A blown-out sky is annoying, but sometimes unavoidable. Here’s a way to take the edge off it, without going to too much trouble.

Notes:

  • This is only for Photoshop – it won’t work in Elements, sorry. If you have Elements, use this method instead.
  • If you wish to fix a white sky by putting a different sky photo into it, go here.

1. Add some subtle colour

This beautiful photo is exposed well for the subjects, but the sky has gone.

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Thanks to Michelle Moser for permission to use this image.

Make a new Selective Color adjustment layer.

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Make sure the adjustment method is set to “Absolute” …

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… then choose “Whites” from the drop-down menu.

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Add 10% cyan and 4% magenta to the whites (you can change these settings later, of course).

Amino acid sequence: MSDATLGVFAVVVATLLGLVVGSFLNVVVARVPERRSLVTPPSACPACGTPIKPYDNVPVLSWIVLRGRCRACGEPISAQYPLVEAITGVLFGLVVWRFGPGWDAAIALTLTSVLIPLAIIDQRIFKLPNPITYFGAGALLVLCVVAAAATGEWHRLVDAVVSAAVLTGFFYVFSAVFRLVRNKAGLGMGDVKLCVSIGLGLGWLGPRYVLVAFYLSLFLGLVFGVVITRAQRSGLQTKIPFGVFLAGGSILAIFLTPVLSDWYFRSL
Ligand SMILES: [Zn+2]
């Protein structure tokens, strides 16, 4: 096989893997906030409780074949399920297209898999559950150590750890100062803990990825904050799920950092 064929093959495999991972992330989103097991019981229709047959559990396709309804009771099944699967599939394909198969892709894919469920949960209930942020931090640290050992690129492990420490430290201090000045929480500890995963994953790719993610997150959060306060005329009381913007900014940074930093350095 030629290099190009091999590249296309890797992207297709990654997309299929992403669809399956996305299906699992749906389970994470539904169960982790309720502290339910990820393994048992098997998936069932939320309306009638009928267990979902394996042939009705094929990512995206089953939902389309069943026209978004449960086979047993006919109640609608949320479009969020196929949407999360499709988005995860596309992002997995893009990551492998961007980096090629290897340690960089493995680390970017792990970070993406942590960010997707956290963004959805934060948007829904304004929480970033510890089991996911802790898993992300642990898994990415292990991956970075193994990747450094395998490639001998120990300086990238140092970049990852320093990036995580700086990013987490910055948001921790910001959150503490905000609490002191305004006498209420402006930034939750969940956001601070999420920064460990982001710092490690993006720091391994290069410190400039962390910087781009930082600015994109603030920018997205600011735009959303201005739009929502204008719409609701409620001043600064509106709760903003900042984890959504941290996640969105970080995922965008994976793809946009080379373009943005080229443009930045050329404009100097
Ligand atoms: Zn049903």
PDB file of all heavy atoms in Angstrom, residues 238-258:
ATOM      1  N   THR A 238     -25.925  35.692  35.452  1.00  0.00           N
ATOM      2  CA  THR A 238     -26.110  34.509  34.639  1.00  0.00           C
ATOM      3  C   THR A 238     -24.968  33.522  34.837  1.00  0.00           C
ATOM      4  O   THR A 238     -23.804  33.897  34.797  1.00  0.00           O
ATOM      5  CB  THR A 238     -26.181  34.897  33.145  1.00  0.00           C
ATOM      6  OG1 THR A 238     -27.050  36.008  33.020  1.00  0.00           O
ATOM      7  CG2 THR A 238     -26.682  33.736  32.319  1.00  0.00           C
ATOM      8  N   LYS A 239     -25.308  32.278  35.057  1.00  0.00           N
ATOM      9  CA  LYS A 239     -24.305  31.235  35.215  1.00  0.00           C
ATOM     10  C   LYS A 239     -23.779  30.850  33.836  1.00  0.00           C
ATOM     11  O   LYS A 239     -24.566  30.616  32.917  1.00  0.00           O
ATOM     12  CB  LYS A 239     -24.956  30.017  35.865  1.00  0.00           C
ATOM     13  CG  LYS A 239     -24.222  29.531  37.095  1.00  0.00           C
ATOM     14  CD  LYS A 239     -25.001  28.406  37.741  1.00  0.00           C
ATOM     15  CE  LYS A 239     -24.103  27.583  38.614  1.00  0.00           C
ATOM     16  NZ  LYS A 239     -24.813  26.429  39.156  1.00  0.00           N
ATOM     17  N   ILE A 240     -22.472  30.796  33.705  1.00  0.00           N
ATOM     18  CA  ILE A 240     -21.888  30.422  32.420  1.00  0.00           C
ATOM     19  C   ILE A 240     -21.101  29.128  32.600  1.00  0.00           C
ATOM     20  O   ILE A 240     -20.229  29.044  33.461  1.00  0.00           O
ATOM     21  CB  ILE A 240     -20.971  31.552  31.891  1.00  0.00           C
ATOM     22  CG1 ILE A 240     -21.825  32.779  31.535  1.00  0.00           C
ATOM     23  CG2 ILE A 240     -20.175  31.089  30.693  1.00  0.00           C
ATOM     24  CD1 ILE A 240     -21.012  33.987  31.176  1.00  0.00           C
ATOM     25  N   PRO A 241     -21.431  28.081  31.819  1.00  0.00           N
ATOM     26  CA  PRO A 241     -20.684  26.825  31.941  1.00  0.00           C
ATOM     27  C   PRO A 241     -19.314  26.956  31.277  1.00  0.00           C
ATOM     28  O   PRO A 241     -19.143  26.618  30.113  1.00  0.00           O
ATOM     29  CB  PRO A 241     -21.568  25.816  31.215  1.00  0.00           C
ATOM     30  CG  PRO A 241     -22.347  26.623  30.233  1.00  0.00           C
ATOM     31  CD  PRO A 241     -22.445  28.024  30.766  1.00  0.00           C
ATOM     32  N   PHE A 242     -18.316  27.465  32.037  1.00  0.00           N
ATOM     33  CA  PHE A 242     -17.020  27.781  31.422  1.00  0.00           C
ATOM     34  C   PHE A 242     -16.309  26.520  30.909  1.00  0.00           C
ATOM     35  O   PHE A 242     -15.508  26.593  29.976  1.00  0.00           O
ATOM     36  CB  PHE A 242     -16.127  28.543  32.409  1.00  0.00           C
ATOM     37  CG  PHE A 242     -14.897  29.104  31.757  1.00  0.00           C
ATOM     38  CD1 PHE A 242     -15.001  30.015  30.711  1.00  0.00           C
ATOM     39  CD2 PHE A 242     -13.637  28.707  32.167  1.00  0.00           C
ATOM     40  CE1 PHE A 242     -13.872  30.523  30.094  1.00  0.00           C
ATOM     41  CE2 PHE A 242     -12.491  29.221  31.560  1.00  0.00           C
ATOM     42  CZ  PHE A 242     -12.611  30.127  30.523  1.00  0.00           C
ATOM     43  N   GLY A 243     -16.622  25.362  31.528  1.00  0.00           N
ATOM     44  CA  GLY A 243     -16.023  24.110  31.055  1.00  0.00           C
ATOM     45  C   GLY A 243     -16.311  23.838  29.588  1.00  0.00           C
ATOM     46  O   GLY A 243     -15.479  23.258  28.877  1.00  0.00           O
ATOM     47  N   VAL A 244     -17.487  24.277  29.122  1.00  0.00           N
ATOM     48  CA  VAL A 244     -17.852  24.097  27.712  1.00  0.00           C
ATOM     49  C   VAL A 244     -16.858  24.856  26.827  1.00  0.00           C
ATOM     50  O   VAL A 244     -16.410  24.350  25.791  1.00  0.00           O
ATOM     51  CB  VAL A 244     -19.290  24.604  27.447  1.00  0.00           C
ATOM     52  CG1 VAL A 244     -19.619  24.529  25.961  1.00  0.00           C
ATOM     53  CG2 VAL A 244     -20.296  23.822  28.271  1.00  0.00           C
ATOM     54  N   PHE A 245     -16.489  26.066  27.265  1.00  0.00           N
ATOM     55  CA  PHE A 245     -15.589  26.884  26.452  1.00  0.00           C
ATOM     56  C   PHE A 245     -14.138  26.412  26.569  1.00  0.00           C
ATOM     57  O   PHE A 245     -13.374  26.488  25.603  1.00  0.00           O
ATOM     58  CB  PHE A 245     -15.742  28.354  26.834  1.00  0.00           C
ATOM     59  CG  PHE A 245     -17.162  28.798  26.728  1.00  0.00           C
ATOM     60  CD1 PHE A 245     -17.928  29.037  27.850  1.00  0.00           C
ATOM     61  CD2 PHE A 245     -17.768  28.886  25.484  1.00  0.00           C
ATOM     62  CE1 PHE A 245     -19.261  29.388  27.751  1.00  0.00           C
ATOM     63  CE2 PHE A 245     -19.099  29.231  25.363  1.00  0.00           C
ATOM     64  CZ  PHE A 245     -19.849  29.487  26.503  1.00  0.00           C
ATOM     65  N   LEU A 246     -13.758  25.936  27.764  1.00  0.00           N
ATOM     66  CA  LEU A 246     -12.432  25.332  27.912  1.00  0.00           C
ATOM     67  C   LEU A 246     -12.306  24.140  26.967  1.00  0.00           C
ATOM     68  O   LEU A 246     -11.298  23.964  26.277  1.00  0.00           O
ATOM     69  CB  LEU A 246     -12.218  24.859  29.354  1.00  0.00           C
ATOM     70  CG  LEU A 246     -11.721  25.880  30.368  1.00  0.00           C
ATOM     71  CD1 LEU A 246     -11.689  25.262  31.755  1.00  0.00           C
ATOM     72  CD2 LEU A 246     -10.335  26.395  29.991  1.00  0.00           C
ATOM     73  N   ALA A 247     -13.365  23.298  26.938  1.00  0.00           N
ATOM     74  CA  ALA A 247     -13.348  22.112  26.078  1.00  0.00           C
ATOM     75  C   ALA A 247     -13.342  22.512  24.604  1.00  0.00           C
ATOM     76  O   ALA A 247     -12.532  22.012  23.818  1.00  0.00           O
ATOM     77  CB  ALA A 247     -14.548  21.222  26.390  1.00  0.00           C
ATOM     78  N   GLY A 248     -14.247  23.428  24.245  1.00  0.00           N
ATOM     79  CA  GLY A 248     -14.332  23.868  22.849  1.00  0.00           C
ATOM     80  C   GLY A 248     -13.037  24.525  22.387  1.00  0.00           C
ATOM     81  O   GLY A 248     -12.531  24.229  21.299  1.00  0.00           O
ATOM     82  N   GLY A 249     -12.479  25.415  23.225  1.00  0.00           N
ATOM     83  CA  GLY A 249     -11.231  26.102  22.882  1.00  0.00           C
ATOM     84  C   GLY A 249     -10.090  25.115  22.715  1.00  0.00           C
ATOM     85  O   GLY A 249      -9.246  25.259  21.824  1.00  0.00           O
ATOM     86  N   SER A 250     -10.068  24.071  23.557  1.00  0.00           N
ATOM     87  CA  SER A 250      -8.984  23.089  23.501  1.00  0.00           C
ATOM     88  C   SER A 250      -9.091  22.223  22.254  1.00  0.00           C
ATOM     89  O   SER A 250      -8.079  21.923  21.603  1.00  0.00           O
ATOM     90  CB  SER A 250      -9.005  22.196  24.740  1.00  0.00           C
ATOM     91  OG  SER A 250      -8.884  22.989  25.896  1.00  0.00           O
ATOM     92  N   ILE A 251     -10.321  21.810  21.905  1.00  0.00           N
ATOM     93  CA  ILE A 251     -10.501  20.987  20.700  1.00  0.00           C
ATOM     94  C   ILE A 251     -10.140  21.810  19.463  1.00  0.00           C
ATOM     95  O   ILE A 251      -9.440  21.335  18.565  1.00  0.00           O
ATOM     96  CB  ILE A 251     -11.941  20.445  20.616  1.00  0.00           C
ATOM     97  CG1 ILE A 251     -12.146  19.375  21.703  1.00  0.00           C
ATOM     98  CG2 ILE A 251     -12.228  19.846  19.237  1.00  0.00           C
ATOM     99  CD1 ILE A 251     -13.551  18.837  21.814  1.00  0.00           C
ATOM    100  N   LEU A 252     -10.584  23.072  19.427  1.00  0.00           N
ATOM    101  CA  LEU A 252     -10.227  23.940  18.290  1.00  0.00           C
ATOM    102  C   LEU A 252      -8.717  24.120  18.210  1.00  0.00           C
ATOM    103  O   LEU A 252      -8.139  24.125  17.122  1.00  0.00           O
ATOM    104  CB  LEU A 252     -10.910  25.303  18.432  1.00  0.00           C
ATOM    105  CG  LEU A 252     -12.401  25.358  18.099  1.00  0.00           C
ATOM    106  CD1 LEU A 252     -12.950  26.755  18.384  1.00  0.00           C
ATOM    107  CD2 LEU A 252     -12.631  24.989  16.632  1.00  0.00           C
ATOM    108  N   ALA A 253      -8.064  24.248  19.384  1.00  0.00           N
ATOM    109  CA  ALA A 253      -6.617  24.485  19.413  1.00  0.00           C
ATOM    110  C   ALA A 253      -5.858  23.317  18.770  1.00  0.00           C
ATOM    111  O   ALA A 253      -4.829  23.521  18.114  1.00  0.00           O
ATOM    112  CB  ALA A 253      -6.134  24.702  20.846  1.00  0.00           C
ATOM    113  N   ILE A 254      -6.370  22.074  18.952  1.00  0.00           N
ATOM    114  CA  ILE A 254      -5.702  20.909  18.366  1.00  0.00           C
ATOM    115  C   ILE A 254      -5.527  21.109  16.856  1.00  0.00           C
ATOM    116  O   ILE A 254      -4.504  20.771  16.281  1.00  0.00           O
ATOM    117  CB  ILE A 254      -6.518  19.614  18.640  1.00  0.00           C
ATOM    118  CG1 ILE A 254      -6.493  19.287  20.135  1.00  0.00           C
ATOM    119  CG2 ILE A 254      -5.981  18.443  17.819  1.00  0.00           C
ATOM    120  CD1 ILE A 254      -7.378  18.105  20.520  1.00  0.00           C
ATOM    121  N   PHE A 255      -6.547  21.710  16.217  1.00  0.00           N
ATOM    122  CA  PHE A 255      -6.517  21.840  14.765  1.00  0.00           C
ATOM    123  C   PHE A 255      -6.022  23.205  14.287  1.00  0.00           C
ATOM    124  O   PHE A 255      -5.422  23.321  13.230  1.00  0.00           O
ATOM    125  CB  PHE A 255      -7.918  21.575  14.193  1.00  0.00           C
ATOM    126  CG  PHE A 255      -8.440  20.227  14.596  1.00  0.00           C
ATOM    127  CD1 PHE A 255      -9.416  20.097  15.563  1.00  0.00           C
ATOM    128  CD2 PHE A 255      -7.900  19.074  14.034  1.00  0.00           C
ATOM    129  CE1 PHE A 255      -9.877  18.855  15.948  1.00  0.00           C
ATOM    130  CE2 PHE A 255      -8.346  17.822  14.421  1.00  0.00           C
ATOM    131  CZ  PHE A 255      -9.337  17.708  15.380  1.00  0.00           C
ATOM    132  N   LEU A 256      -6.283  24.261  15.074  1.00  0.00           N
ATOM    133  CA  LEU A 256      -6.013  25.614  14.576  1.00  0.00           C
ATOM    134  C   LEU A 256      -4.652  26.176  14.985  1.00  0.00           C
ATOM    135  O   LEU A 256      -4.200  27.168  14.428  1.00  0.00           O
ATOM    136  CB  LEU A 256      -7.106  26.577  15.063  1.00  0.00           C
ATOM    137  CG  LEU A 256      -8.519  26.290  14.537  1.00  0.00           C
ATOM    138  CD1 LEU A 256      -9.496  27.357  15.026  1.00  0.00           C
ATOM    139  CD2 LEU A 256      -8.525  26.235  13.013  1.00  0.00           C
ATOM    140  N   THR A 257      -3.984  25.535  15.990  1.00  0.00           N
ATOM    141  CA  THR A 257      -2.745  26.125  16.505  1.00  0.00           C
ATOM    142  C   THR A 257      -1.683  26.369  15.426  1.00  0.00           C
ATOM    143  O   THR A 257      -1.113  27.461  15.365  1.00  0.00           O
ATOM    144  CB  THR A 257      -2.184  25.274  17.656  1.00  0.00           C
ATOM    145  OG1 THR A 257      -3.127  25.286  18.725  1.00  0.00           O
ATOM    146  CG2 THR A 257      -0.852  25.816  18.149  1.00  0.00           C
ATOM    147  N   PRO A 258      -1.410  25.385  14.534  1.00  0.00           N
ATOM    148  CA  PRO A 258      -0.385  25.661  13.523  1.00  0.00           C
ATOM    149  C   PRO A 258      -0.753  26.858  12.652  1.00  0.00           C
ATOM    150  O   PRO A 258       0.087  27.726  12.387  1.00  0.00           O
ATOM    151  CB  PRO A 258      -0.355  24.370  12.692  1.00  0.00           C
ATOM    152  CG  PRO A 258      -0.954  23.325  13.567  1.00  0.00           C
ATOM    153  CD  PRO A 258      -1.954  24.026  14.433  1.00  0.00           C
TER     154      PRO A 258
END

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Now you’ve added a small amount of colour to the sky. Trouble is, you’ve added it to other whites in the photo as well! Time for masking.

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2. Masking

Make sure the layer mask of your Selective Color layer is selected. Presently, the mask is all white, meaning that the adjustment is affecting the entire image.

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Choose the Gradient Tool, and make sure your foreground colour is black.

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Draw a gradient from just below the horizon, to near the top of the image. Hold down the Shift key to constrain the gradient to vertical.

This masks out the foreground, as well as lightening the sky near the horizon, which is quite natural.

If there are any other whites in the photo (eg a white hat on your subject) which remain affected by the adjustment, simply use your Brush Tool to mask out those items.

Finally, evaluate the strength of your sky. If you’d like it stronger, simply re-open the Selective Color layer and add more cyan and magenta to whites.

3. Add noise

There’s a small problem with this method – fake sky colour tends to get banding in it. To prevent this, add a noise layer.

This is very important. Please don’t skip this step.

The finished product:

Compare the original with the adjusted image below it:

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Conclusion:

This method works best when used subtly. Don’t overdo it!